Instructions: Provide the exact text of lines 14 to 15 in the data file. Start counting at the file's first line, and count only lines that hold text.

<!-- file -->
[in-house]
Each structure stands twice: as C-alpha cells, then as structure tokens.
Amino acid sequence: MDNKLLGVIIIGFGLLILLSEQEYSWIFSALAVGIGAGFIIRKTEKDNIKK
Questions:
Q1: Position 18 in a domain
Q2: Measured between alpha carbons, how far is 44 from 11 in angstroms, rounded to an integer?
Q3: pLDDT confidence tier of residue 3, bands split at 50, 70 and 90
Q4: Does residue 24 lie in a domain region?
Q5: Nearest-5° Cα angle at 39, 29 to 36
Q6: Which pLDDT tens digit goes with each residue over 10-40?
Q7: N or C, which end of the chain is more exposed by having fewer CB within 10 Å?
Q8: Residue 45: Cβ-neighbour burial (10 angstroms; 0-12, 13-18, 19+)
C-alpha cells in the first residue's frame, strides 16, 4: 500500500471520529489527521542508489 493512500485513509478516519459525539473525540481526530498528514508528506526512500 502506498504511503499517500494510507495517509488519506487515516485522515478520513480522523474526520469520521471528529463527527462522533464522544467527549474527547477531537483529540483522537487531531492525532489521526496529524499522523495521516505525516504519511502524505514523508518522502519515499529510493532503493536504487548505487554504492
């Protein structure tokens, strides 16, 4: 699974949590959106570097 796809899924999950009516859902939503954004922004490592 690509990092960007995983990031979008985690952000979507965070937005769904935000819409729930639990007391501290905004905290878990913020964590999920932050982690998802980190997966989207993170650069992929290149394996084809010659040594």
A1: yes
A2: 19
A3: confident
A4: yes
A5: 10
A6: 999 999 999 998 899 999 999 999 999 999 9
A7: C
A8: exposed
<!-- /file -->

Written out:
């Protein structure tokens, strides 16, 4: 699974949590959106570097 796809899924999950009516859902939503954004922004490592 690509990092960007995983990031979008985690952000979507965070937005769904935000819409729930639990007391501290905004905290878990913020964590999920932050982690998802980190997966989207993170650069992929290149394996084809010659040594």
A1: yes